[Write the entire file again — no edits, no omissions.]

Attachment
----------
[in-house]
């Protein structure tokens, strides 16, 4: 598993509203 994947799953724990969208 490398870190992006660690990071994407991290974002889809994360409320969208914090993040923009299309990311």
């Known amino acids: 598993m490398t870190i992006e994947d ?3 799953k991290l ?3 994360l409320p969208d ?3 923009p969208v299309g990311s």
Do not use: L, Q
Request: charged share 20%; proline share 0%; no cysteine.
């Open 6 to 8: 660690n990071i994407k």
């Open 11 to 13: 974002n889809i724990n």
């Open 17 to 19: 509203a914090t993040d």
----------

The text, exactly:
[in-house]
């Protein structure tokens, strides 16, 4: 598993509203 994947799953724990969208 490398870190992006660690990071994407991290974002889809994360409320969208914090993040923009299309990311």
């Known amino acids: 598993m490398t870190i992006e994947d ?3 799953k991290l ?3 994360l409320p969208d ?3 923009p969208v299309g990311s």
Do not use: L, Q
Request: charged share 20%; proline share 0%; no cysteine.
């Open 6 to 8: 660690n990071i994407k």
């Open 11 to 13: 974002n889809i724990n």
């Open 17 to 19: 509203a914090t993040d």